Teen substance abuse becoming epidemic


KINGSPORT - There's a big white elephant called teenage substance abuse living in our homes and schools.

And those that have been trampled by it say our community can't afford to ignore the problem any longer.

A recent series of interviews with teens and drug counselors suggests that the problem of teen drug and alcohol abuse is more of a problem than many parents and school officials realize.

According to national statistics for 2002, 28.8 percent of teens age 12 to 20 recently drank alcohol, and 20.6 percent had used marijuana - a slight decrease from last year. Nearly 53.8 percent of young adults age 18 to 25 had used marijuana.

And more than half of youths age 12 to 17 indicated it would be fairly or very easy to obtain marijuana. Heroin and hallucinogen use among teens has increased in the past two years, with use of drugs such as ecstasy reaching the highest level yet in 2001.

The percent of youths age 12 to 17 who have tried cocaine increased slightly from the year before from 2.3 percent to 2.7 percent in 2002. One encouraging fact is that teens were less likely to use drugs or alcohol if they perceived that their parents would disapprove. Statistics that address teen drug use in East Tennessee are scarce, but Nina Hancock, a therapist at Frontier Health's drug and alcohol abuse day treatment center, can attest with personal experience of what is going on with area teens.

"I would think we are right around what the nation is, and the surveys I have seen are 20 to 43 percent use. ... The kids here tell me that 90 to 100 percent of kids use, and when I talk to other kids like at my youth group or any time I talk to other kids, they tell me 70 percent.

"I think it is more prevalent than some of our studies and what some of us like to believe - at least with experimentation,'' said Hancock. The major drug for local teens is still alcohol and marijuana, because Hancock said they are so easily accessible.

But Hancock said she has seen a trend in kids taking prescription medication, or over-the-counter drugs like Coricidin. Taken in high doses, the common cold medicine can produce a hallucinogenic effect.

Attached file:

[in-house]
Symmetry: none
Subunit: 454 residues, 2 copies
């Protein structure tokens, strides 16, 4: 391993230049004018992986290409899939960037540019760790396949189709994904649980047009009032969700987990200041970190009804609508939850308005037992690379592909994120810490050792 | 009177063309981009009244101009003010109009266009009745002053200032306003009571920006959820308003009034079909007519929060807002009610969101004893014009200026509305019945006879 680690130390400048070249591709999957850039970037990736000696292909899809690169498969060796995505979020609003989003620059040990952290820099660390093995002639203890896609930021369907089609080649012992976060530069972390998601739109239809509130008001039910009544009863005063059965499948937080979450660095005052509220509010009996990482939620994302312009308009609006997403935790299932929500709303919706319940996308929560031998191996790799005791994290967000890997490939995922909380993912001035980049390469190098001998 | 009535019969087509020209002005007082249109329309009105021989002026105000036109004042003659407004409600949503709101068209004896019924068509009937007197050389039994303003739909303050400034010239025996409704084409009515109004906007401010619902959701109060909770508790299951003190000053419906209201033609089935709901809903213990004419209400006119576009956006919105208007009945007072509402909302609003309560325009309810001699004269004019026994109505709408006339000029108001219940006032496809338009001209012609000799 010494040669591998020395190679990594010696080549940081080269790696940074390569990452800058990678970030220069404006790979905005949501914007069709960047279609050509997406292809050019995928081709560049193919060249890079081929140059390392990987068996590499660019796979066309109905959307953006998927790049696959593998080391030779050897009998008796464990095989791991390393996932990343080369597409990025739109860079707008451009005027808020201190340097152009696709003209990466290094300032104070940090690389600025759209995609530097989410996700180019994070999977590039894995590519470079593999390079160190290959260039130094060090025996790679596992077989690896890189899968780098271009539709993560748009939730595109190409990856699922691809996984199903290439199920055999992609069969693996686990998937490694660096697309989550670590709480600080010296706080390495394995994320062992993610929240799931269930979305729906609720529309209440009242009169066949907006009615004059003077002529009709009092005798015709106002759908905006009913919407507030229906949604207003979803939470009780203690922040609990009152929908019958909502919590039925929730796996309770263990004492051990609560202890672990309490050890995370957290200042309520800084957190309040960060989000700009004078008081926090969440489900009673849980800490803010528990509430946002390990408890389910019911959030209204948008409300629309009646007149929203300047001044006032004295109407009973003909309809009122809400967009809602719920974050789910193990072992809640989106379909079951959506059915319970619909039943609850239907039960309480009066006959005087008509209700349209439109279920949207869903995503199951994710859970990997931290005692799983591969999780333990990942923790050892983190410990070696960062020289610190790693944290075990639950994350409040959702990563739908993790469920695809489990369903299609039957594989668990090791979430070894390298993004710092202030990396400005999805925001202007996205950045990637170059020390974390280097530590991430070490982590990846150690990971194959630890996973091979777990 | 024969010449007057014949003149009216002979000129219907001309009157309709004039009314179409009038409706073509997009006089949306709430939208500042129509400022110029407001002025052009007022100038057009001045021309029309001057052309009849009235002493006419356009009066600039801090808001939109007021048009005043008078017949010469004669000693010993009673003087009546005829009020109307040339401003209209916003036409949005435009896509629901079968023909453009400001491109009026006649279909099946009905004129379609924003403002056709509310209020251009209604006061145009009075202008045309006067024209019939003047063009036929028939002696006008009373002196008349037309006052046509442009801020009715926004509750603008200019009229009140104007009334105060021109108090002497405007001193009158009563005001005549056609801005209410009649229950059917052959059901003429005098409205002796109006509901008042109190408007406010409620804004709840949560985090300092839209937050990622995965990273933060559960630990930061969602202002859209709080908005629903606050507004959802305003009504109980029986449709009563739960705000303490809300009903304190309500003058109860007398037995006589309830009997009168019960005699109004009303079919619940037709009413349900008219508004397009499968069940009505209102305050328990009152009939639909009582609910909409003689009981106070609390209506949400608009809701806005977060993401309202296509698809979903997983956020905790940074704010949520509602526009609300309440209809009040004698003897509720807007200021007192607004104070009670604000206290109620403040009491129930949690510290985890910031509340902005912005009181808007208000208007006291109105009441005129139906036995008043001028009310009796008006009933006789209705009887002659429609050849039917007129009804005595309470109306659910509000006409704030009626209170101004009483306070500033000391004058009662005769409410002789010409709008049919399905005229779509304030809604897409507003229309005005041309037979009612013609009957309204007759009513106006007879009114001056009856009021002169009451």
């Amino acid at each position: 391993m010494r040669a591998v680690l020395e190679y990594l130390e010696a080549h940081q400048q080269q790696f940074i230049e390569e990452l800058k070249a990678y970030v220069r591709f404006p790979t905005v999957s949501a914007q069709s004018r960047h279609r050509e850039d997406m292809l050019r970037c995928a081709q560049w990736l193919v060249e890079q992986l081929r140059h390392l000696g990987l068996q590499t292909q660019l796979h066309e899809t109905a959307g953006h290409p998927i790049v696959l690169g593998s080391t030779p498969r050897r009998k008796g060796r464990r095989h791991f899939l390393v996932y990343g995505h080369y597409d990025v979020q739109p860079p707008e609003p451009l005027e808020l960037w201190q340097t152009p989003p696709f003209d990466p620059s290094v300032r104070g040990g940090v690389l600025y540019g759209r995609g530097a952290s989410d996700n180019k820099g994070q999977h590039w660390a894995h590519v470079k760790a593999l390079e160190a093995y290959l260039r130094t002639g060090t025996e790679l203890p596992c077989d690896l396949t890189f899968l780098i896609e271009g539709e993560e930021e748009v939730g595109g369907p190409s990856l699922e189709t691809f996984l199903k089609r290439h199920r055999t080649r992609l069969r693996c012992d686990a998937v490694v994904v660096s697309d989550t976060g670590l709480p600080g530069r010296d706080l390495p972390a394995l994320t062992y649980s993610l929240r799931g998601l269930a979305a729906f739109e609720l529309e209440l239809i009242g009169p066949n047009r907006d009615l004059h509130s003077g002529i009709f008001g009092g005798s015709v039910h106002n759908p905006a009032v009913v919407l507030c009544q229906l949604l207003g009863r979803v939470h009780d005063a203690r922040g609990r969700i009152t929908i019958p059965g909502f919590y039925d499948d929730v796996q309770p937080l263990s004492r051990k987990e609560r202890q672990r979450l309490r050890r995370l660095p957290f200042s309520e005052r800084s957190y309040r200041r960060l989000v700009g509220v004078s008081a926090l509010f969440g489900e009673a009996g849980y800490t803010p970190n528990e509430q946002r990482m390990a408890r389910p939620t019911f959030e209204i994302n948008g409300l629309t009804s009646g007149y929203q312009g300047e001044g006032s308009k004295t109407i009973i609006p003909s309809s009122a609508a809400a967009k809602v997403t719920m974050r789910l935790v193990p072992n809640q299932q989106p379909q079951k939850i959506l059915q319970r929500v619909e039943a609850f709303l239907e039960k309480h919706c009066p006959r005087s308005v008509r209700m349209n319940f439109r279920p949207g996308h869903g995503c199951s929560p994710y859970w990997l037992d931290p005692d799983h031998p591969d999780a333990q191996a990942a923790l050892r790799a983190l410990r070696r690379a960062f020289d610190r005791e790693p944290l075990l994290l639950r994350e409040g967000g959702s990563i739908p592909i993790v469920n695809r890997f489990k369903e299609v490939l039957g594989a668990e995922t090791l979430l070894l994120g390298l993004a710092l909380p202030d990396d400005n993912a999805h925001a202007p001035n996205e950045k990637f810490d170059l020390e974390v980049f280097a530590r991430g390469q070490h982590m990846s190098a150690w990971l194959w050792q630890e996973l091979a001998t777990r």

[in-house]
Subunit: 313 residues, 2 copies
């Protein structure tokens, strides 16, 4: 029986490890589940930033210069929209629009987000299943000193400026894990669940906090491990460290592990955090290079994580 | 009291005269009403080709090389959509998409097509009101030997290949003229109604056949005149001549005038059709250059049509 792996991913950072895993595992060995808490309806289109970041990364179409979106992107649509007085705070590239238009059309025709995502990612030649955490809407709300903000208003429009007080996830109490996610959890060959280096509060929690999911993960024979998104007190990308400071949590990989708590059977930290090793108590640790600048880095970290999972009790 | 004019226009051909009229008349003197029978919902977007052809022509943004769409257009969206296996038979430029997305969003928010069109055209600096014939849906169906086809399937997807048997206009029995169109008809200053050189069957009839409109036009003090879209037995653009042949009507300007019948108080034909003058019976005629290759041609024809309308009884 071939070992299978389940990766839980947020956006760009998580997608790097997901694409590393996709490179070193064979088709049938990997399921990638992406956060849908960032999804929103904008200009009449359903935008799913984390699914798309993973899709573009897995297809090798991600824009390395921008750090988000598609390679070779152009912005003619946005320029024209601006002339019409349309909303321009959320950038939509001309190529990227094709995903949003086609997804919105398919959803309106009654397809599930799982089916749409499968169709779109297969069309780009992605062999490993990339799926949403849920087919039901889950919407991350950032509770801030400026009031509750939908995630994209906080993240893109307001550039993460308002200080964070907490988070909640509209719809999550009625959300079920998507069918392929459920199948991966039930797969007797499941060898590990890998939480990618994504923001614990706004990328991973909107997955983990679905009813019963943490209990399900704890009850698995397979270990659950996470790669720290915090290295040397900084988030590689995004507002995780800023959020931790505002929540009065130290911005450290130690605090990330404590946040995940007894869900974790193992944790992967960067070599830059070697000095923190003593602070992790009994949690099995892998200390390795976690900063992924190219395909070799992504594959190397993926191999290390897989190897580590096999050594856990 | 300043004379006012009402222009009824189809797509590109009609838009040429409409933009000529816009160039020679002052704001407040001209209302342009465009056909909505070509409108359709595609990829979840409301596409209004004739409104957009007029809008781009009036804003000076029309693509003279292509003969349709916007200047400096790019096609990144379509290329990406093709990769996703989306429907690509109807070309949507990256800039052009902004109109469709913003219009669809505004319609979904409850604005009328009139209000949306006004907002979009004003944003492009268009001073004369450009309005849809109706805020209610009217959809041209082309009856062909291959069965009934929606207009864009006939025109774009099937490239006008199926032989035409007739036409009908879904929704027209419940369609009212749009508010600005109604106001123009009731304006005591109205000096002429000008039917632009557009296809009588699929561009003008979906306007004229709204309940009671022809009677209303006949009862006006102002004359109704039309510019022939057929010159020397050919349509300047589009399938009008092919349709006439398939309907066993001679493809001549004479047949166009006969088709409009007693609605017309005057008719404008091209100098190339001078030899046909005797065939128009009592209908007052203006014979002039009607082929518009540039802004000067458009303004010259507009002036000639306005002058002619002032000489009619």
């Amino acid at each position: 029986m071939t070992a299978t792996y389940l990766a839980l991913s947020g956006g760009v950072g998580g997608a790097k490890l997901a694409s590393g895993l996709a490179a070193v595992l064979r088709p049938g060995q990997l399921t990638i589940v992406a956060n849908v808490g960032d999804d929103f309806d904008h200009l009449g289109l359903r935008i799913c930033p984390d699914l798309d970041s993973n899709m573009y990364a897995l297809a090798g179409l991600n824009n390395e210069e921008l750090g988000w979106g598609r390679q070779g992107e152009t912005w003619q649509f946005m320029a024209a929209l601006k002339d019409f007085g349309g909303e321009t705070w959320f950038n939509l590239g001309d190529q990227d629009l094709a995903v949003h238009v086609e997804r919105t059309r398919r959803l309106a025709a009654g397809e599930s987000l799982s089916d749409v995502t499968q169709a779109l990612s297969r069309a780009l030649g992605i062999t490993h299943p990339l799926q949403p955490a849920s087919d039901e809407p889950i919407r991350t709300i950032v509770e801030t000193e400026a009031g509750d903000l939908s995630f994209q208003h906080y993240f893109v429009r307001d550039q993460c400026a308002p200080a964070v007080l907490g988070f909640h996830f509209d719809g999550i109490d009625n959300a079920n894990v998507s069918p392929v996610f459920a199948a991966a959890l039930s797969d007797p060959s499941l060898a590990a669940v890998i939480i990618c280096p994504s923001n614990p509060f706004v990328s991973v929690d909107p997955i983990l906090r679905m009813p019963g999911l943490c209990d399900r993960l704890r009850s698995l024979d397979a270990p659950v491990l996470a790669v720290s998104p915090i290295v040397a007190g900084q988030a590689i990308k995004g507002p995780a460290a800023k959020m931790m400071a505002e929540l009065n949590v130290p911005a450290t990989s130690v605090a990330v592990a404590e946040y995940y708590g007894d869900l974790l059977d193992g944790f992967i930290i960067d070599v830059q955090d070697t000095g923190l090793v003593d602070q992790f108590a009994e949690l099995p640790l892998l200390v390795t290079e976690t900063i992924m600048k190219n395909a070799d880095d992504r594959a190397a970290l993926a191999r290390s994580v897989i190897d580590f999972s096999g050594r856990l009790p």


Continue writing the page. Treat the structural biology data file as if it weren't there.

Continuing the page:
Parents may not recognize that their teen may have a drug problem until it's too late, Hancock said. What seems to be normal teen behavior could be signs of addiction.

"Most parents don't realize the multiple drugs that kids have experimented with. ... Even then, some of the problems of drug use fit problems of adolescence: the moodiness, the personality changes. It's hard for parents to know and believe that this is going on,'' Hancock said.

Sullivan County Juvenile and Domestic Court Judge Stephen Jones said he usually sees teens with a drug problem as they are spiraling toward a serious addiction.

Of the 233 cases that Jones heard a week prior to an interview with the Times-News, he said about 30 percent of those were drug and alcohol related charges.

Jones also heard 11 neglect cases - six of which were alcohol and drug related. The judge said alcohol and drug abuse is by far the number one reason children are removed from their homes in Sullivan County. In Jones' criminal court, 27 of 67 cases in one day were alcohol and drug related specific charges.

But the number understates the extent of the problem, Jones said. "Even though 40 percent were direct charges. Once we do an assessment of the child - even though his charge may have been theft or burglary, same with adults - you find out that they have an alcohol and drug problem, even though they weren't charged."

Teens who run into problems with drugs and alcohol may end up in Kingsport's Comprehensive Community Services Adolescent Treatment Center. The center treats an average of 250 teenage boys a year from throughout Eastern Tennessee, with girls treated at other locations in the state.

Program Manager Missy Glisson said the center sees kids from all backgrounds dealing with a wide range of drug use. The center provides a four-month treatment similar to that of Alcoholics and Narcotics Anonymous programs.